Laura Martines, The Times Literary Supplement Quentin Skinner's Machiavelli: A short introduction, published nearly forty years ago and now issued in a new edition, remains a frontrunner in the field. [...] The excellence of Skinner's book lies chiefly in its cool treatment of Machiavelli in his immediate context including his encounters with princes, Florence's political tergiversations, Italy being overrun by foreign armies, and his family background, education and readings in the classics. Skinner's
aim was "to serve as a recording angel, not a hanging judge", and he therefore sought to avoid the "defeasible standards of the present as a means of praising or blaming the past".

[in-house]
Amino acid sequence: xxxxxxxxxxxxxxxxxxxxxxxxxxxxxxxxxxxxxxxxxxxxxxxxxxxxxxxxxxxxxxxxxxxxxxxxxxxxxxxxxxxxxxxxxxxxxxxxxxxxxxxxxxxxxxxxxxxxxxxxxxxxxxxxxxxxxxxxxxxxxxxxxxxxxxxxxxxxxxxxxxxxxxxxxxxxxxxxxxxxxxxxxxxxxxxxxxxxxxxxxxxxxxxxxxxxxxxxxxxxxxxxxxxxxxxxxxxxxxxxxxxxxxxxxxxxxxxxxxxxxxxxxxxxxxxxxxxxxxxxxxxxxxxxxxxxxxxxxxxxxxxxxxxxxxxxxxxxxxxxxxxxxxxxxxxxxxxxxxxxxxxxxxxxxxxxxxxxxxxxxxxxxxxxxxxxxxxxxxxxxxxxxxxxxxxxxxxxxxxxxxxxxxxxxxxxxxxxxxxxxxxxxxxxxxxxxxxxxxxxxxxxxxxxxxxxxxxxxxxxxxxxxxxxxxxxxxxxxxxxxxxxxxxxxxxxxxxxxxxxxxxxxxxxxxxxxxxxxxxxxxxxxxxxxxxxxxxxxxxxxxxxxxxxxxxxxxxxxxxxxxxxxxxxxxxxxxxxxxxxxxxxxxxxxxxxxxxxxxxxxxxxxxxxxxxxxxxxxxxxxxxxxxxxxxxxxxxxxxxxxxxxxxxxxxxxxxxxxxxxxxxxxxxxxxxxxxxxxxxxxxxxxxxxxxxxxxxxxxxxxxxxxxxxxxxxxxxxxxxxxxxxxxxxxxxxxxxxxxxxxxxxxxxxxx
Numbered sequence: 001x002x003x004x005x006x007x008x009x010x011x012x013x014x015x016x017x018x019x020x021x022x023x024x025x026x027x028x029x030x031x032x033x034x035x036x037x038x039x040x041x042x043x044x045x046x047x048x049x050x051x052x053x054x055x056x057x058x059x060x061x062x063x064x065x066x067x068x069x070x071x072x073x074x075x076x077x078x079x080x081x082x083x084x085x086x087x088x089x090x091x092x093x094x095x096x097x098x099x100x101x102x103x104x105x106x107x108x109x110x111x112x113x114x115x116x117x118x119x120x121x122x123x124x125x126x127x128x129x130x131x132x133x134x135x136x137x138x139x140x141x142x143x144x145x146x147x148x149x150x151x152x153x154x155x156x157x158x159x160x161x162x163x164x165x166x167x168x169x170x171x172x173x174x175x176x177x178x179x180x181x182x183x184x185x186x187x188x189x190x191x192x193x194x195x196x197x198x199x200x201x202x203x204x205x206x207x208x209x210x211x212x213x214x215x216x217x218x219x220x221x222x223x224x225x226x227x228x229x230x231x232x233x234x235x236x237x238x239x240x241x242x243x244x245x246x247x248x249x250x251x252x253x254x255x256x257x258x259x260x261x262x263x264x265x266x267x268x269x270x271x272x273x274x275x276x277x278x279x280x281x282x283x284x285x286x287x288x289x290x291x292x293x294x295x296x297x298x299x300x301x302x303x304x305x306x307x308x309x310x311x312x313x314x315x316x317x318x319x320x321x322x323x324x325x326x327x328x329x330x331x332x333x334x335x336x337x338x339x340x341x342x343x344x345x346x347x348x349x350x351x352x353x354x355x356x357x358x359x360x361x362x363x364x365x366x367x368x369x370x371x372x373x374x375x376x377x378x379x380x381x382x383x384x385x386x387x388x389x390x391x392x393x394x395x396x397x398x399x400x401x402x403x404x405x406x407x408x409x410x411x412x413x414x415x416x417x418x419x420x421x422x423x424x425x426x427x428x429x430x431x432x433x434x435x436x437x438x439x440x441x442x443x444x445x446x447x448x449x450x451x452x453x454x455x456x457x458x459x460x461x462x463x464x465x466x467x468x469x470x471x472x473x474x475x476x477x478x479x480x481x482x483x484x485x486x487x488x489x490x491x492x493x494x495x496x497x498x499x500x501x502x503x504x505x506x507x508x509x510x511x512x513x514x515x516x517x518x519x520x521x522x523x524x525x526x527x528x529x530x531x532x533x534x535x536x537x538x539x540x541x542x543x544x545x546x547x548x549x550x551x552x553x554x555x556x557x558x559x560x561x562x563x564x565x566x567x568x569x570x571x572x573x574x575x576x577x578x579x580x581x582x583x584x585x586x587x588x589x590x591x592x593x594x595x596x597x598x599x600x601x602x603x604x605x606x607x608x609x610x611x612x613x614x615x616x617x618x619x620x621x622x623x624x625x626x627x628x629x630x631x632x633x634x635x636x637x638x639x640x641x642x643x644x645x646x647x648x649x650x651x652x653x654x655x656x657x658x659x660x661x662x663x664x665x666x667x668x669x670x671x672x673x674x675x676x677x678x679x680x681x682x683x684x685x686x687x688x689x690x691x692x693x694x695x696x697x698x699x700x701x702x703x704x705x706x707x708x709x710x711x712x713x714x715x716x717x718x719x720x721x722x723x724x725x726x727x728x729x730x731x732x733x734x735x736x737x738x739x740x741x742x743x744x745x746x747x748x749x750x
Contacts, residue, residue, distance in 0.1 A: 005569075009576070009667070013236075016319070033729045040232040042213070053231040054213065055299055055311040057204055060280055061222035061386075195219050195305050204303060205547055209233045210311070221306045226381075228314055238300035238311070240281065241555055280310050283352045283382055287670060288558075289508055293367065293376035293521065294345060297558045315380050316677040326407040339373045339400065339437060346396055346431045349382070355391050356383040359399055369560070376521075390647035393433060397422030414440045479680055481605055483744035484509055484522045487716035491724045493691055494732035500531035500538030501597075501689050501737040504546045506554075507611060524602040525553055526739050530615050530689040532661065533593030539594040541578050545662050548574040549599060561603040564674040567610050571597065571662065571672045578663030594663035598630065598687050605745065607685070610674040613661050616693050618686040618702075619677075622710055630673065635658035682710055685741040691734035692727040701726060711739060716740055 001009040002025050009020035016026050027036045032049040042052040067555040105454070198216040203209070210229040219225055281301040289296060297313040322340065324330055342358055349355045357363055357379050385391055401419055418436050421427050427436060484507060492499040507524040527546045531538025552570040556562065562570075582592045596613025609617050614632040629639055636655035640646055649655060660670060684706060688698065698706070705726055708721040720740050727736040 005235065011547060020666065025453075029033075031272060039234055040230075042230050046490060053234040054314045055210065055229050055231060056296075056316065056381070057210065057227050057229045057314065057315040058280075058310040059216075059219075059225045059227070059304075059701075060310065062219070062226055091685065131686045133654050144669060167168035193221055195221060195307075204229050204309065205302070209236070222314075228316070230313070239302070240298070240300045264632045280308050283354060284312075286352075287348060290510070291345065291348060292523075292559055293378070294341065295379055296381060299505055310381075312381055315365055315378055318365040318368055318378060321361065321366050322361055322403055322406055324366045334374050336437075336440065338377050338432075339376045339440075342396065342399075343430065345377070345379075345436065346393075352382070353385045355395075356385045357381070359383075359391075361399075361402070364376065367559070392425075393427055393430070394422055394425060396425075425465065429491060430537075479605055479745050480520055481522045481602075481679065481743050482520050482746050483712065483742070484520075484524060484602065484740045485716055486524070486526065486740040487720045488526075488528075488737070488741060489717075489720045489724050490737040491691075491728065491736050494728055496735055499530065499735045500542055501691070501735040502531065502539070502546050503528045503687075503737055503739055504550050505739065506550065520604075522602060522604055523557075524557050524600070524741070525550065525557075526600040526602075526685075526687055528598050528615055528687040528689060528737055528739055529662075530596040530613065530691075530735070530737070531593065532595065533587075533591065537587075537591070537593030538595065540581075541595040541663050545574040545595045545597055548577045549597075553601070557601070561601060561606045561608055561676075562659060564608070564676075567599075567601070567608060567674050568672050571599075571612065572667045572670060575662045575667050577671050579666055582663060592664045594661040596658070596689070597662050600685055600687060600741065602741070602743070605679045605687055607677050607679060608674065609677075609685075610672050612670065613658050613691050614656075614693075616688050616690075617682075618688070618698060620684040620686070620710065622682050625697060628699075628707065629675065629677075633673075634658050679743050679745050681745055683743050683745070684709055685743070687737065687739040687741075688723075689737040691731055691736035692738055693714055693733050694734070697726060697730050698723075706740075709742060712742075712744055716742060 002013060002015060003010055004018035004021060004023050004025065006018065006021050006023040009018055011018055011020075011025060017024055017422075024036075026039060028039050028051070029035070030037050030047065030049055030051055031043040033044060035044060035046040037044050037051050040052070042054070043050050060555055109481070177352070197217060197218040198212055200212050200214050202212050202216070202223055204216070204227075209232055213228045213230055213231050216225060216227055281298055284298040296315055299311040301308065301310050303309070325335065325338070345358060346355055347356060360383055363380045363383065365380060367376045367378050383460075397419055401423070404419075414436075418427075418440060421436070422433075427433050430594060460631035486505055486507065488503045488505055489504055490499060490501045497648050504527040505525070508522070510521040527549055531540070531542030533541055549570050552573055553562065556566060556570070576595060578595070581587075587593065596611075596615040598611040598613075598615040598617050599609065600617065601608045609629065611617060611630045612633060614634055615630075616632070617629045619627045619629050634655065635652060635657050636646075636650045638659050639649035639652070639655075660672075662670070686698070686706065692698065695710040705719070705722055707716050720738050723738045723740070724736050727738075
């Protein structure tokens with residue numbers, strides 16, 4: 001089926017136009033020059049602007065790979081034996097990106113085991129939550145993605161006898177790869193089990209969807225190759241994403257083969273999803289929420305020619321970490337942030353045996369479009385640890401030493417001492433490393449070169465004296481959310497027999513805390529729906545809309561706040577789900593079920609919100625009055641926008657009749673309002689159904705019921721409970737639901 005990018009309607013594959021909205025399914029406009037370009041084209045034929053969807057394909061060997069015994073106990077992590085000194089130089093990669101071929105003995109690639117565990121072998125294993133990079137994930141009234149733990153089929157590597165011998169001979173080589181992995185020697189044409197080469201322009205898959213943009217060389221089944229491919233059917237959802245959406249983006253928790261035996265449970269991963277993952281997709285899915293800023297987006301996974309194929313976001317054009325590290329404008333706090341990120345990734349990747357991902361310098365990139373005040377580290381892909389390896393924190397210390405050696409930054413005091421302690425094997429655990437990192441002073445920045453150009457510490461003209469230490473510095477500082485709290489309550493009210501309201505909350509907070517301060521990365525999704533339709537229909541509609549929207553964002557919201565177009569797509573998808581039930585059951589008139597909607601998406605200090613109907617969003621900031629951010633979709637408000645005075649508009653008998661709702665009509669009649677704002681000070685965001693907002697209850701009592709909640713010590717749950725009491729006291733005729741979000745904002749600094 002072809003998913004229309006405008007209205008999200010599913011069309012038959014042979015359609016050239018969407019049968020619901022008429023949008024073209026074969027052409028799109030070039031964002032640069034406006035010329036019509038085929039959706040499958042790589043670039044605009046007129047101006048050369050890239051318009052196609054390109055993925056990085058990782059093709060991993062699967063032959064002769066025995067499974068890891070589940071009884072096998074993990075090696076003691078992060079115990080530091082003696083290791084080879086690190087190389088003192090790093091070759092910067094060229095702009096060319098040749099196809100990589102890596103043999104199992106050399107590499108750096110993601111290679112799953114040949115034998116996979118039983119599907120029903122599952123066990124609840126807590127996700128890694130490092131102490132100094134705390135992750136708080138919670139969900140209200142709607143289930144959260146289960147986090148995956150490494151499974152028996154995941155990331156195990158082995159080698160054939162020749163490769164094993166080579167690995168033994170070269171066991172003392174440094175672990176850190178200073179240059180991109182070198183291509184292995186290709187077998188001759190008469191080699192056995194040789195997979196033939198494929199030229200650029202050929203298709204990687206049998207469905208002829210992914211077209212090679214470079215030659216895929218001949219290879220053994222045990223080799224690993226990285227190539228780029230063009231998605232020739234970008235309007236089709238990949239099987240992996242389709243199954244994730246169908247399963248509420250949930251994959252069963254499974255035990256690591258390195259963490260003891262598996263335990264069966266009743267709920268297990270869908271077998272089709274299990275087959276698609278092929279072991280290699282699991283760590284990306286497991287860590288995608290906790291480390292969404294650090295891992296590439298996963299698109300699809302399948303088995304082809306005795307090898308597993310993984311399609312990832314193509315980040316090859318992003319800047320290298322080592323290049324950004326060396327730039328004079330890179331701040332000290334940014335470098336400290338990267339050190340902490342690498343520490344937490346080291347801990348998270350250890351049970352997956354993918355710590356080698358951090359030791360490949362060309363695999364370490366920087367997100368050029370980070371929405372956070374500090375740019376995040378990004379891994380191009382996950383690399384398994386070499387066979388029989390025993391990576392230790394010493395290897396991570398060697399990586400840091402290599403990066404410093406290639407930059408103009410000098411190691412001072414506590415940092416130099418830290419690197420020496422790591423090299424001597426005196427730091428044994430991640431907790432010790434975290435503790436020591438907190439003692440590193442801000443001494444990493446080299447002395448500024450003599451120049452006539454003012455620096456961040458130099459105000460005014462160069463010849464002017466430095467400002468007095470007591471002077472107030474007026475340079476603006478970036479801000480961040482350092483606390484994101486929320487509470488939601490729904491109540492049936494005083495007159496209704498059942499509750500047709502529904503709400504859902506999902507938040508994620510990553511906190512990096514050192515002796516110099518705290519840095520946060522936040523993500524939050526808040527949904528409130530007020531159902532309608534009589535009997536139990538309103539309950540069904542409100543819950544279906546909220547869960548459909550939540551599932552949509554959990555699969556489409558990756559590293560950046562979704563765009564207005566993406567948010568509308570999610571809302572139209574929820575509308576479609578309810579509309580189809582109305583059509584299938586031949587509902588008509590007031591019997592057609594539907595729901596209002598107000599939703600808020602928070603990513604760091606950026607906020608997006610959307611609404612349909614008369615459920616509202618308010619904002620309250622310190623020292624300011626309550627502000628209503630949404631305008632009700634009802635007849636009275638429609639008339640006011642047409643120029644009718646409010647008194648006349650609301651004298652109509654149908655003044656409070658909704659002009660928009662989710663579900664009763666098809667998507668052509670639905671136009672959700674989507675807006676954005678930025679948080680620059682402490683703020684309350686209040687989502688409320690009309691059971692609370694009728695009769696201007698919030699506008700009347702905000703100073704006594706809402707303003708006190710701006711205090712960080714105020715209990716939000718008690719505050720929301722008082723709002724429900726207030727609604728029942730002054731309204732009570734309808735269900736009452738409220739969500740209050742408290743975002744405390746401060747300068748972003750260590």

Quentin Skinner was born in 1940 and educated at Gonville and Caius College Cambridge, where he is now an Honorary Fellow. Between 1974 and 1979 he was a Fellow at the Institute for Advanced Study at Princeton, before returning to Cambridge as Professor of Political Science. He was appointed Regius Professor of History at Cambridge in 1996, a post he held until he moved to Queen Mary University of London in 2008. He is a Fellow of the British Academy and a foreign member of many other national academies, including the Academia Europea. He is the author of a number of books, including The Foundation of Political Thought (Cambridge, 1978), and From Humanism to Hobbes: studies in rhetoric and politics (Cambridge, 2018), and his scholarship has won him many awards, such as the Isaiah Berlin Prize, The Wolfson History Prize, and two awards from the American Political Science Association.
Introduction 1: The Diplomat 2: The Adviser to Princes 3: The Theorist of Liberty 4: The Historian of Florence Further reading Index